Regional traditions

Szopka krakowska








 
   Lajkonik, the famous Kraków hero on a hobby horse – is one of the most recognisable symbols of Małopolska. Its popularity is partly due to the annual march from the district of Zwierzyniec to the Market Square, which takes place eight days after Corpus Christi. A red-legged bearded man holding a mace rides a colourful horse down the main streets of the city. Everyone who gives him money receives a pat on the head, which is believed to bring luck for the whole year. Even though nowadays Lajkonik is seen as a funny character in disguise, the origins of the tradition date back to the Tatar invasions, which in the 13th century reached as far as Kraków. 

     Hejnał mariacki (also known as the Heynal) is another beautiful and still cultivated tradition, which has its origins in the Tatar invasions. Every hour in the highest tower of St. Mary’s Church (Kościół Mariacki) in Kraków, a fireman plays on a trumpet the characteristic melody in all four directions, with the last tune invariably interrupted. Legend has it that when the Tatar warriors were approaching the city, they were only spotted by one bugler-fireman. He blew his trumpet, but he never managed to finish the melody, as he died pierced with a Tatar arrow…

     Lace from Bobowa - Lace - making is one of the most beautiful handicraft traditions of Małopolska. For some years now, Bobowa has specialised in the difficult process of the production of bobbin lace, which is more subtle and prettier than the more commonly manufactured crochet lace. The artistry and ingenuity of the local lacemakers is so impressive that people come to Bobowa to take part in lace-making workshops. The town also organises the annual Lace Festival in Bobowa.

     Kraków nativity cribs - Kraków is famous for its extraordinary tradition of building nativity cribs (the so called szopki krakowskie). The tradition dates back to the late 19th century and was started by the brick-layers from the suburbs of Kraków, who in the wintertime had to look for alternative jobs. Since the 1930s, the city has organised an annual competition of nativity cribs on the first Thursday of December. The event is held under the patronage of the Historical Museum of Kraków. On a foggy morning, the participants bring their works to the monument of Adam Mickiewicz in the Main Square. All cribs need to contain elements of Kraków's historic architecture. They are later on exhibition at the Historical Museum. 

     The contest for the most beautifully painted cottage is organised each year in Zalipie on the first Sunday after Corpus Christi. It is therefore worth visiting this little village near Dąbrowa Tarnowska on that particular day. Zalipie is known for its over one-hundred-year-old tradition of decorating houses with colourful flower patterns against white background. The murals cover the walls of houses, outbuildings (even wells and kennels!), as well as the interiors of rooms, domestic appliances and furniture. The women of Zalipie also craft embroidered costumes, bedcovers, tablecloths and many other decorations. Thanks to the above-mentioned contest, it is possible to keep up the old tradition not only in Zalipie, but also in the neighbouring villages.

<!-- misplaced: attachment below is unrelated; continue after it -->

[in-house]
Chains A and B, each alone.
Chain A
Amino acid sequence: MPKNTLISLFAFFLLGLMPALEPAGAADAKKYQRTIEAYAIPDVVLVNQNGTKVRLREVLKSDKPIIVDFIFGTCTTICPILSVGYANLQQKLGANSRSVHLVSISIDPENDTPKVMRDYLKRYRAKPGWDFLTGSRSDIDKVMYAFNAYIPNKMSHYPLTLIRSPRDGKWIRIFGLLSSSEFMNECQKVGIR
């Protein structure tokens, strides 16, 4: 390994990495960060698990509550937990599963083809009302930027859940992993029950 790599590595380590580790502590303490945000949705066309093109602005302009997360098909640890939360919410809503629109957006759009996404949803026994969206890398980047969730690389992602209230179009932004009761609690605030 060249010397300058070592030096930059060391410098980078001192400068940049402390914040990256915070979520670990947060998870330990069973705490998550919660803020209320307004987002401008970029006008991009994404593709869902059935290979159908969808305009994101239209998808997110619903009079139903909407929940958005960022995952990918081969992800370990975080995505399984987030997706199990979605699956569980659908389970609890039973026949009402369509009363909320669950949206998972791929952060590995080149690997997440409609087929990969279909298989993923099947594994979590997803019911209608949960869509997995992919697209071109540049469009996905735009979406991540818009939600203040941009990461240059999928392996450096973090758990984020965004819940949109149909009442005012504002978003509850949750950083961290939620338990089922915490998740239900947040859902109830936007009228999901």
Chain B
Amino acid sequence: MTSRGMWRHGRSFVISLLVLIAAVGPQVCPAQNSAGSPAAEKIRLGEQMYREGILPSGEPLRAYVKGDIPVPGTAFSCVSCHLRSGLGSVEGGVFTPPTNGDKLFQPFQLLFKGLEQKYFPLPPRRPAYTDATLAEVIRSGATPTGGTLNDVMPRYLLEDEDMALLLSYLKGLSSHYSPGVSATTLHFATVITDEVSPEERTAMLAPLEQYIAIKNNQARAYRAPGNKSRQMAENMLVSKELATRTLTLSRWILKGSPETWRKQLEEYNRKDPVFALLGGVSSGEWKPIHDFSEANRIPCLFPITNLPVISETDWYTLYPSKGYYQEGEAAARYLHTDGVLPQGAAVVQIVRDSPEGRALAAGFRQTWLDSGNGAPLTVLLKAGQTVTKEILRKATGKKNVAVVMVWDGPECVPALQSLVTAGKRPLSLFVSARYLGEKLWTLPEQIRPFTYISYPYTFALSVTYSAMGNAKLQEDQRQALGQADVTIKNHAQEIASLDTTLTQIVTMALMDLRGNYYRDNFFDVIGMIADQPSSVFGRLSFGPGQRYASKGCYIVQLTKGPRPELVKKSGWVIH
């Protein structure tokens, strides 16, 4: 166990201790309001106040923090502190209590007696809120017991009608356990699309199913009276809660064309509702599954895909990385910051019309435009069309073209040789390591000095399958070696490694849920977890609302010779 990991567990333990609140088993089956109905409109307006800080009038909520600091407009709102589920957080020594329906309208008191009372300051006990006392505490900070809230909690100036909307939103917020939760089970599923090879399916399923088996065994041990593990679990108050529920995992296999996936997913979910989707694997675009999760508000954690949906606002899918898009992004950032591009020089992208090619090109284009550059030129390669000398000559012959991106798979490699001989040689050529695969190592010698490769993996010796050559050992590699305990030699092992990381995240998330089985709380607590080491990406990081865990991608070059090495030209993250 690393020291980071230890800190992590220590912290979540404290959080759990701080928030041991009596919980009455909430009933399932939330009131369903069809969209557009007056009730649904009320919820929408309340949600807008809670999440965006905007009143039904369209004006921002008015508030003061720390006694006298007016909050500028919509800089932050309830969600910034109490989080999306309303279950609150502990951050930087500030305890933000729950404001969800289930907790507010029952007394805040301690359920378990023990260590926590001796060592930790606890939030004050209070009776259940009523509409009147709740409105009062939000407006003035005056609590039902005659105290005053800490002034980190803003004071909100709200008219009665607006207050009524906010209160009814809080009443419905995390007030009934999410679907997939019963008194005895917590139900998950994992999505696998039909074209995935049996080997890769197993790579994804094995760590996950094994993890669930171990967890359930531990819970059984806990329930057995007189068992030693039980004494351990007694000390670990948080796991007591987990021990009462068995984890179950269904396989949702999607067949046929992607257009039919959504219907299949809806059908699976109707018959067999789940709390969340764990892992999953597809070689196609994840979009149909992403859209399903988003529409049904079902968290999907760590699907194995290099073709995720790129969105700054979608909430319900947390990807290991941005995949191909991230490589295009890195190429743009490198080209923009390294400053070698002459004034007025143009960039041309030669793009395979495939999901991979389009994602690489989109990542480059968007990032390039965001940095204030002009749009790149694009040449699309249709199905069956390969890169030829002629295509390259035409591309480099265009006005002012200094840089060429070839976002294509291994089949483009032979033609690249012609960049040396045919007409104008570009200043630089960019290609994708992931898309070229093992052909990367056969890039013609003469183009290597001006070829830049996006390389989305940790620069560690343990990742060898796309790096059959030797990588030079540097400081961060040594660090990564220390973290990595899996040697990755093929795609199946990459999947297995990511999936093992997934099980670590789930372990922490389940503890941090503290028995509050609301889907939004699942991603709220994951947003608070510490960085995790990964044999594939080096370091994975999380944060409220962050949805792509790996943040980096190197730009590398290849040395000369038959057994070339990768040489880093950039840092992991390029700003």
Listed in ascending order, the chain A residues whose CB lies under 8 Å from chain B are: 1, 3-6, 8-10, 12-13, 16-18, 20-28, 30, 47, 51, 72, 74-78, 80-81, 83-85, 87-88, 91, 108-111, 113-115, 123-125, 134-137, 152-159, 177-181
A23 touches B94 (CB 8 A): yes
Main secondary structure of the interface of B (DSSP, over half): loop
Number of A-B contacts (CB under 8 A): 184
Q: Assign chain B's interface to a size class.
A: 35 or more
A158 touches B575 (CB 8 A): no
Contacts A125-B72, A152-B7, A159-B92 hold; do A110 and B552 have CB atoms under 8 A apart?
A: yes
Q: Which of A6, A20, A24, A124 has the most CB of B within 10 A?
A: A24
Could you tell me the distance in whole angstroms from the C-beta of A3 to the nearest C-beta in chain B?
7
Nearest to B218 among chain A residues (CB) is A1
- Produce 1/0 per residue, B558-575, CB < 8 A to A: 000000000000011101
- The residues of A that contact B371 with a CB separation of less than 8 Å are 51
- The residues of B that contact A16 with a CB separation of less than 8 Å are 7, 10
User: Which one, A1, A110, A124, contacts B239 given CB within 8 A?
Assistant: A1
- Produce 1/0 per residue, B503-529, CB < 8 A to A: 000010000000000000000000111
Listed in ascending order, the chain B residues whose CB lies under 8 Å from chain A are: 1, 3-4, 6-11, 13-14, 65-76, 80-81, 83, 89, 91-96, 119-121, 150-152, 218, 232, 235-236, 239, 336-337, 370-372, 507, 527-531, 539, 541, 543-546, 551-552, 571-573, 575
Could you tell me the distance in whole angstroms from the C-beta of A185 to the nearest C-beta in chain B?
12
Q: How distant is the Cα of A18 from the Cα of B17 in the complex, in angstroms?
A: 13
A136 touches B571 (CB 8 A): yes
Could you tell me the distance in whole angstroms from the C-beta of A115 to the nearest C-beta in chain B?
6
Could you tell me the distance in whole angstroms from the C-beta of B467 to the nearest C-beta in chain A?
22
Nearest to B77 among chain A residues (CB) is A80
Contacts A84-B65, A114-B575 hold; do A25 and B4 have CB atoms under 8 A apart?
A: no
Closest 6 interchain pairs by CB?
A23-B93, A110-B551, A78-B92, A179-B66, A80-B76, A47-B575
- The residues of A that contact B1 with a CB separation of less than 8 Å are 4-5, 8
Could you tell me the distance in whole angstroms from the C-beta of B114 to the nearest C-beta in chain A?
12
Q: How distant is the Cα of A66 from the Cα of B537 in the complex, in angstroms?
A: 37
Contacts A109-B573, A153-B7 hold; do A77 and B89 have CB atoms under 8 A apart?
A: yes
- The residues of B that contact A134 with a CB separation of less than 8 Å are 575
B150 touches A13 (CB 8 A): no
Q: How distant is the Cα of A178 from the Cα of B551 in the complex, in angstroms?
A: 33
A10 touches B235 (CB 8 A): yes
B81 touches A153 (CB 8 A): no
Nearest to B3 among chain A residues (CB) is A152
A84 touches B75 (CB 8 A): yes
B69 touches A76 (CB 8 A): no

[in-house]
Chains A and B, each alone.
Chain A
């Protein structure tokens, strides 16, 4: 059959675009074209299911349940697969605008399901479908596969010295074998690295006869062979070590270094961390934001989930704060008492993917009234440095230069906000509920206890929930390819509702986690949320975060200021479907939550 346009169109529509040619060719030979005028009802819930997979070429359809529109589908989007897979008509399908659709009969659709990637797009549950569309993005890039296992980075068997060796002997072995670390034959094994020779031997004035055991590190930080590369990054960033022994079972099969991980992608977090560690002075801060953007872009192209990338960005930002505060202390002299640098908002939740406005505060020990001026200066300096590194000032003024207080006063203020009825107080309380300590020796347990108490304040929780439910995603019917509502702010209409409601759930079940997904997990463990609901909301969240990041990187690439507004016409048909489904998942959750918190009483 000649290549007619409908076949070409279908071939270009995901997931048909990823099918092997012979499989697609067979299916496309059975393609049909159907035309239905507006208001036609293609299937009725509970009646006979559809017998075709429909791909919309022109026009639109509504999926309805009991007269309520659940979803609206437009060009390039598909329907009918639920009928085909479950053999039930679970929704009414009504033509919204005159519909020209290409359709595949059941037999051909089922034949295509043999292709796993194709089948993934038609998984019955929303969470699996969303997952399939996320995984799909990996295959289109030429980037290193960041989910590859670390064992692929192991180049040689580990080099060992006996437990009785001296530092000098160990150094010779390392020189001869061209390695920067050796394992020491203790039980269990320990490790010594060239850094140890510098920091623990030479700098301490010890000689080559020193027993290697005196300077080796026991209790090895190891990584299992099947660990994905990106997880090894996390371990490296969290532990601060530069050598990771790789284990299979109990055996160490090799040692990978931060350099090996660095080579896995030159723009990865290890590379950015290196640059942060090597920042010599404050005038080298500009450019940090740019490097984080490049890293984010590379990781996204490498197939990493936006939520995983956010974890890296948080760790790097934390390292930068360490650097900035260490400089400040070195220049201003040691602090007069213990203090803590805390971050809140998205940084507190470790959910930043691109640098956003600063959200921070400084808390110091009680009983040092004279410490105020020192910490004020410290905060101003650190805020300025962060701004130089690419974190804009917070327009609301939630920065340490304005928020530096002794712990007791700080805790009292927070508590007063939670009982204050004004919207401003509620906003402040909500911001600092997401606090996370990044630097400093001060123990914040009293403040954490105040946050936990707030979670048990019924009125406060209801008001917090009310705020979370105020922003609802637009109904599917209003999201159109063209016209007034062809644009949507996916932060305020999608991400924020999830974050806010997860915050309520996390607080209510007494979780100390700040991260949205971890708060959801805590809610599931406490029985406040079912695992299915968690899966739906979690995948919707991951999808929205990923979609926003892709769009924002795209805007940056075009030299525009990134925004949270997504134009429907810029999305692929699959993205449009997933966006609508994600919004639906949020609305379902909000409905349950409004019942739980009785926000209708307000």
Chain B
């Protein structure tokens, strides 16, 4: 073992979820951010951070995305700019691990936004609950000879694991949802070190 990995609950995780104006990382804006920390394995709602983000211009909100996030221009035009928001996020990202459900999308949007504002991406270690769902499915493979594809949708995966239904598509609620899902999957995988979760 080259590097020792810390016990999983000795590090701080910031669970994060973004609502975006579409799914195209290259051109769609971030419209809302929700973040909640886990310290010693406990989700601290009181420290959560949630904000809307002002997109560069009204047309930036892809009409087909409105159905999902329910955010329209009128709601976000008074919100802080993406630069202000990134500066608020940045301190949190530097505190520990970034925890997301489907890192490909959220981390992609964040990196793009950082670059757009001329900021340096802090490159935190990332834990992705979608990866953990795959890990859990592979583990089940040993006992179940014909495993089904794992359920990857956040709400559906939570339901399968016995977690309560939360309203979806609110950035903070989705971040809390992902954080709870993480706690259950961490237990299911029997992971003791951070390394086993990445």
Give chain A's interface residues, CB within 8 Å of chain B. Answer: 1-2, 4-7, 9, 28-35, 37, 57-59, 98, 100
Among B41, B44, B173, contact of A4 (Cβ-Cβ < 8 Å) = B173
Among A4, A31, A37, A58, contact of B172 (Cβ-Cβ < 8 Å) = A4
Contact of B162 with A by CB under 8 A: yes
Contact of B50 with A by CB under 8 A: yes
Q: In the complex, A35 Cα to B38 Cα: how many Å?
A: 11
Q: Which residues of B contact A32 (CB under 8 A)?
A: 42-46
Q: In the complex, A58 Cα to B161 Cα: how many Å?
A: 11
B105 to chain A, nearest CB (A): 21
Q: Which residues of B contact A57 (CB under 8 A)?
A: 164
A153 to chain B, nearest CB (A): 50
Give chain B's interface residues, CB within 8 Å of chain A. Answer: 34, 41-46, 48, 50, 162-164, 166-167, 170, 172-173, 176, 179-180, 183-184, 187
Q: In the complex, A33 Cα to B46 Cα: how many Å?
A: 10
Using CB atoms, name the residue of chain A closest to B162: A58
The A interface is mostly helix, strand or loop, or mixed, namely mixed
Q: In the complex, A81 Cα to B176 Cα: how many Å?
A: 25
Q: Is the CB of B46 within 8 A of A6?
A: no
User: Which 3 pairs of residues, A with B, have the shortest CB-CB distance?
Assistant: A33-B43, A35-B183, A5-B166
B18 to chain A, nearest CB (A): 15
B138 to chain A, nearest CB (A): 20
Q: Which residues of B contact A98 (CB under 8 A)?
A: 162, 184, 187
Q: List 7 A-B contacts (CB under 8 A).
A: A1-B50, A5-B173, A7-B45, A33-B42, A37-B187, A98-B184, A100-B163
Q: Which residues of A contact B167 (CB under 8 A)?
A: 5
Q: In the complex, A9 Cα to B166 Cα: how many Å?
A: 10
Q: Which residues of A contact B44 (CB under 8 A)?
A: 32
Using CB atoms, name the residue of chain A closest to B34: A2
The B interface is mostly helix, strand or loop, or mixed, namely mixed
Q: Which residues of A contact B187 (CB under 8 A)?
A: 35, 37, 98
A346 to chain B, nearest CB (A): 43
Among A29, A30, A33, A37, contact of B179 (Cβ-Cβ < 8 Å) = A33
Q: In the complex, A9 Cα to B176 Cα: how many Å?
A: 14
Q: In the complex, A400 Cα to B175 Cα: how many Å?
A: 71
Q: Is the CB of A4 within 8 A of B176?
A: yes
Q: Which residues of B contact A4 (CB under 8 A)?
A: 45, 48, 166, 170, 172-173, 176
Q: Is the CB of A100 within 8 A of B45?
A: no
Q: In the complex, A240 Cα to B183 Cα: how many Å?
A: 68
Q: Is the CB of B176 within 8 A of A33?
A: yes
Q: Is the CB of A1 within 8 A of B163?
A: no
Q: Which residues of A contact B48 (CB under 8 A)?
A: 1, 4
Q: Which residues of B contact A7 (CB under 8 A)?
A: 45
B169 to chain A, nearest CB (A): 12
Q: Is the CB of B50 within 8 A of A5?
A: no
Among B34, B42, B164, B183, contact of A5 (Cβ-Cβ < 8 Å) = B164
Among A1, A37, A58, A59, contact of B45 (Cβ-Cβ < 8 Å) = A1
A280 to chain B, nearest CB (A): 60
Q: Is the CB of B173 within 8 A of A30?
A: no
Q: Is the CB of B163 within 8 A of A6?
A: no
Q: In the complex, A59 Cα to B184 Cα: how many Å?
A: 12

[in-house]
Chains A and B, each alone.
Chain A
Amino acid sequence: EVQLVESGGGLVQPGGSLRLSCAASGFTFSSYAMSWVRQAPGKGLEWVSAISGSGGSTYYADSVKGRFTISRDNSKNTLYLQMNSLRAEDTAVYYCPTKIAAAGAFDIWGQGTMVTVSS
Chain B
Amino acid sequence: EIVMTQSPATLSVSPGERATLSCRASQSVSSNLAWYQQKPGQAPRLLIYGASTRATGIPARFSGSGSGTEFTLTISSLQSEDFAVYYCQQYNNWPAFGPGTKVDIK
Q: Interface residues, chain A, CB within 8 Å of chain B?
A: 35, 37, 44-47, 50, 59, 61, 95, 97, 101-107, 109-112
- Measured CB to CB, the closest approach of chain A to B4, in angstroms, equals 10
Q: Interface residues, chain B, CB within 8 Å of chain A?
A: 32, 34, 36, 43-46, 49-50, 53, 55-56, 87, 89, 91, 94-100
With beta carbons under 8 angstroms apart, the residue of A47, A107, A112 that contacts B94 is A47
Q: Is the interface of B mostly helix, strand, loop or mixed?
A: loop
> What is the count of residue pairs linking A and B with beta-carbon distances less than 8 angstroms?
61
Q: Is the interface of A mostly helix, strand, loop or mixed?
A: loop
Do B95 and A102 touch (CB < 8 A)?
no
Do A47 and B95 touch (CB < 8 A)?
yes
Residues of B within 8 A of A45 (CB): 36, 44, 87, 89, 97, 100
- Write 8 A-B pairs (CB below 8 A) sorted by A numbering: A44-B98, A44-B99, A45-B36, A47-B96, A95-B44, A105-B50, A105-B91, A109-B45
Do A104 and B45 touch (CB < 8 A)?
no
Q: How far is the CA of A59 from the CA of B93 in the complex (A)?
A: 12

Redyk, a festive march of shepherds and their flocks of sheep – sets out in the spring from the villages of Podhale towards the distant mountain pastures. As winter was coming to an end and the grazing lands were turning green, senior shepherds (known as bacowie) together with their helpers (called juhasi) would gather all the sheep and set out towards these mountain pastures. In keeping with the Carpathian tradition, the grazing period began on the day of St. Adalbert (23 April) and continued until St. Michael’s Day (29 June). The most important march had its beginning in the sanctuary of “Gaździna Podhala” in Ludźmierz, where the official blessing of the shepherds and the flocks took place. Nowadays, every year on 23 April the sanctuary organises the Feast of the Senior Shepherds (“Święto Bacowskie”). Another famous redyk takes place in Jaworki, near Szczawnica. Rather unusually, the march is organised only in July. It is accompanied by a number of artistic events, competitions and food tastings. The Oscypek Cheese Trail also refers to the tradition of grazing sheep on mountain pastures and of producing various milk-based foods. This trail connects 31 shepherd’s huts, where the oscypek (sheep’s cheese), as well as other ewe’s milk delicacies – such as bryndza, bundz, the żentyca whey and redykołki cheeses – are manufactured on a regular basis. Food products made from ewe’s milk can be bought directly from the baca in a shelter on top of a mountain pasture, which can be found easily if one is following the Oscypek Cheese Trail. 

    The trail leads through a number of shepherd’s huts in the Tatras, including those in Kuźnice, Kalatówki, Droga pod Reglami in Zakopane, in the Chochołowska and Kościeliska valleys, as well as on the Rusinowa Glade. More of them can be found in Podhale: Bustryk, Baligówka, Leśnica, Gliczarów Górny, Biały Dunajec, Nowy Targ (near the airport), Ratułów, Murzasichle, Brzegi and Białka Tatrzańska, near Kotelnica; in Gorce: on the Long Pasture by Turbacz, in Zorymbek Wyżny, Kowaniec, as well as in Konin (north of Gorce); in Pieniny: Czorsztyn and Jaworki; in Spisz: Dursztyn, Łapsze Wyżne and Niżne; in Orawa: Zubrzyca Górna by Babia Góra; and in Beskid Sądecki (Wierchomla).

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